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I got married back in the dark ages...you know, the groom gets a new club, steals the bride from her tribe and drags her by the hair off to his cave for the honeymoon. A mastodon or two might be thrown on the fire for a celebration. Someone beats on the rocks with bones and everyone dances.


No, I got married in the 1960's and had what was the typical wedding for my circle of acquaintances. Church, minister and organist were free, my dress cost $72, my mother made the bridesmaid dresses. Flowers were cheap. A friend took the wedding pictures. We got a good deal on the tuxes. We had cake, nuts, mints, and punch in the church Fellowship Hall. Everybody in the church were invited via an invitation posted on the bulletin board. Our wedding rings cost $20 apiece. We had a cheap honeymoon.


I was still in college and he was in the service and being sent overseas in a couple of weeks. And you know what? Even with no $6000 gown, $200-a-plate reception and a band, the marriage somehow managed to last for 37 years until I lost him to a heart attack.
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Old 10-28-2016, 11:03 AM
 
Location: Middle America
35,817 posts, read 39,361,269 times
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Quote:
Originally Posted by LowonLuck View Post
I was 23 and paid cash for my wedding. Paid for the divorce with cash starting when I was 27.

No need to be an established adult to be considered smart with money.
It's much easier to have more in savings when you've been in the working world for 15-20 years, though, than when you're just starting out. Didn't need a "nest egg" for a house, as we already had one, had established longtime careers, investments, retirement accounts, etc.
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Old 10-28-2016, 07:15 PM
 
Location: Forests of Maine
29,723 posts, read 47,495,927 times
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My wife was an orphan. She grew-up bouncing between various cousins. We were married at the chapel on-base [free] where I was stationed. I wore my dress uniform with a full beard, all the men were in uniforms. My wife made her dress, I think someone made the maids dresses. The VFW donated their hall for the reception, the KofC provided an open bar. Her uncle paid for catering [it was not lavish].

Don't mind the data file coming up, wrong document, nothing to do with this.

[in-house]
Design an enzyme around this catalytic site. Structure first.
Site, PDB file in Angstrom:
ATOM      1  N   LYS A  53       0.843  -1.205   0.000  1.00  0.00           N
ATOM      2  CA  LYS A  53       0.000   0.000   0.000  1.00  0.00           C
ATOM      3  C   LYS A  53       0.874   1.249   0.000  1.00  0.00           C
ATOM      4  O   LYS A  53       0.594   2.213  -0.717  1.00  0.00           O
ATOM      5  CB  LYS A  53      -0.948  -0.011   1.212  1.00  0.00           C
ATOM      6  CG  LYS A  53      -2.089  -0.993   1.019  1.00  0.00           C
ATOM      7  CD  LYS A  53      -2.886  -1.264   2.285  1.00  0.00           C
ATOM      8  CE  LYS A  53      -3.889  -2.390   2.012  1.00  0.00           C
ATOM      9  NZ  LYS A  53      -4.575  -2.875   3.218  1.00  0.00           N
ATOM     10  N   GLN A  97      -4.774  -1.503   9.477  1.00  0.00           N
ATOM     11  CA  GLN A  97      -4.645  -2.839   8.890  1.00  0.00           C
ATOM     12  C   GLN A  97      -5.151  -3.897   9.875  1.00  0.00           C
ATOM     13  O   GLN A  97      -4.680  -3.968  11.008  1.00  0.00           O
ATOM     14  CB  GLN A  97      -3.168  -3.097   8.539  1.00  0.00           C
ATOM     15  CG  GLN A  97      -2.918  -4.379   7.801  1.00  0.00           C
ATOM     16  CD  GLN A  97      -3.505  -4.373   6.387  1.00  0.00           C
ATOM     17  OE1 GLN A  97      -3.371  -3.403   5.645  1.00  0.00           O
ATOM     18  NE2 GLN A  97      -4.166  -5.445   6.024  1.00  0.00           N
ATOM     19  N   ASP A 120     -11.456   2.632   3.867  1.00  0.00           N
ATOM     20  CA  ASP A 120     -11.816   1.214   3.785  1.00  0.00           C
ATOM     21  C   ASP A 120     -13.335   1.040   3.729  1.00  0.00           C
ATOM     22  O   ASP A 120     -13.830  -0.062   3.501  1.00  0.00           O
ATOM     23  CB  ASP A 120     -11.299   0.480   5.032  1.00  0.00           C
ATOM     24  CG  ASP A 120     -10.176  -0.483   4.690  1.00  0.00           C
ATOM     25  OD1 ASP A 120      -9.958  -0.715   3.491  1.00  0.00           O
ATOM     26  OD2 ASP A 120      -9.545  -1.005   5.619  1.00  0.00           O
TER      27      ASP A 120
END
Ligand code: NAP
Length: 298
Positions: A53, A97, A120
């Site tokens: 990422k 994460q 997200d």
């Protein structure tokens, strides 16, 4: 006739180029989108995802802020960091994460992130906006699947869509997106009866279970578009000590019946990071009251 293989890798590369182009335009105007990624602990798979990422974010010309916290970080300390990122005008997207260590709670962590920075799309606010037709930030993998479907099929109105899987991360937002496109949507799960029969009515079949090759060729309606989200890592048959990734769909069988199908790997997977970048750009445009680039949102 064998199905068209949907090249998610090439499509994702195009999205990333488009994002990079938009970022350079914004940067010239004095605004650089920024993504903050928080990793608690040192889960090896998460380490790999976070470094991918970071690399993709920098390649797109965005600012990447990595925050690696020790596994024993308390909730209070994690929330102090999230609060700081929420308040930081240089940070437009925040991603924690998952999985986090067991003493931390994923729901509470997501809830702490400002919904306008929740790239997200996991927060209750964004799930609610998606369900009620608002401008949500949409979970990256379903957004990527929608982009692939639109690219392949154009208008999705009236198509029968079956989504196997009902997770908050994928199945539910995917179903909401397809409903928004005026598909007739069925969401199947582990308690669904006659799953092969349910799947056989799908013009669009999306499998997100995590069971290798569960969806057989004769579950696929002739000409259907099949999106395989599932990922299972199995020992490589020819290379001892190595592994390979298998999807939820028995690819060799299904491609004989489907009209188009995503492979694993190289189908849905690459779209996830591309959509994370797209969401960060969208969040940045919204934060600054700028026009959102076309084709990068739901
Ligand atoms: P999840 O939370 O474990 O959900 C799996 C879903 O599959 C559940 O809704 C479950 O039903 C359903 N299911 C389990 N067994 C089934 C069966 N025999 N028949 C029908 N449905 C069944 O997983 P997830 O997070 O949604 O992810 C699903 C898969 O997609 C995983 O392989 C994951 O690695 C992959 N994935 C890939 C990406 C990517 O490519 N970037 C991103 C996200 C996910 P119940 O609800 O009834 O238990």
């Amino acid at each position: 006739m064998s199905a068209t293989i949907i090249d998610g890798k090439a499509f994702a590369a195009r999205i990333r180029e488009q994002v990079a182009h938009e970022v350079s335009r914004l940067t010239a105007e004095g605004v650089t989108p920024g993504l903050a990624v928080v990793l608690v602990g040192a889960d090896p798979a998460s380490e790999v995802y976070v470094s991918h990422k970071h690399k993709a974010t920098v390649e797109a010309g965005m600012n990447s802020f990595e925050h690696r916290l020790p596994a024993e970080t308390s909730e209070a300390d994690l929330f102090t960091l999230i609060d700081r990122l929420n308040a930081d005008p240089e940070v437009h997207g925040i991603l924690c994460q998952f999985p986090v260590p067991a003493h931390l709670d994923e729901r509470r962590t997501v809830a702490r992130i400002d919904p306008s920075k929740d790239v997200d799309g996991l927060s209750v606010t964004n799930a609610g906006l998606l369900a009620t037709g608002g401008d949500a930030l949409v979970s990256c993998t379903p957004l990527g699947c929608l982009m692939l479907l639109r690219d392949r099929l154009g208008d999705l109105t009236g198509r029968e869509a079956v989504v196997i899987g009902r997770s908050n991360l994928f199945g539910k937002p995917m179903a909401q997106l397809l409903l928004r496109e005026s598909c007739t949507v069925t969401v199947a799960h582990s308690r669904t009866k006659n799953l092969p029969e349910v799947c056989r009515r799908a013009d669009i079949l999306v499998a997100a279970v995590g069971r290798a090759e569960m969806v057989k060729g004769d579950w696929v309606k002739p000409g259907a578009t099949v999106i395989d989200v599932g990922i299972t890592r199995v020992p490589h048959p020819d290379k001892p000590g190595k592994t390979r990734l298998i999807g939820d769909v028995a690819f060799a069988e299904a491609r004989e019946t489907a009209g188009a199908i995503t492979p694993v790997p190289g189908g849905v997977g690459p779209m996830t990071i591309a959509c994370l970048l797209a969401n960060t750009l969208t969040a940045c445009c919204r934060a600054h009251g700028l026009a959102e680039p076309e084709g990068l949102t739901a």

I bought the rings, I think they were around $300.
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Old 10-31-2016, 08:57 AM
 
Location: Mid-Atlantic
22,707 posts, read 21,760,954 times
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My wedding and reception cost more than I'd hoped, but much less than it could have. We bought our rings from the discount jeweler, and because my sister-in-law worked there, we got an additional 15% off. My dress came from the discount bridal shop, and my shoes from the equivalent of Pay Less. We each had one attendant and they paid for their clothing. Tit for tat, because we had been their attendant. My husband wore his dress military uniform.

The reception was held in a picnic pavilion adjacent to a hotel pool. They'd never had a reception there, and threw in free stuff like table centerpieces. They also pressure washed and painted it. Dinner was a buffet--not great, but not bad. It looked nice. They used their banquet room tables, and we had linens and music. Oh, and they hired a photographer to take some pictures so they could advertise. We got a copy.

We got quite a few things as gifts. My father's friend was a florist, my husband's uncle was a printer, my friend a church organist. The moms and dads paid for some things. All in all, not bad.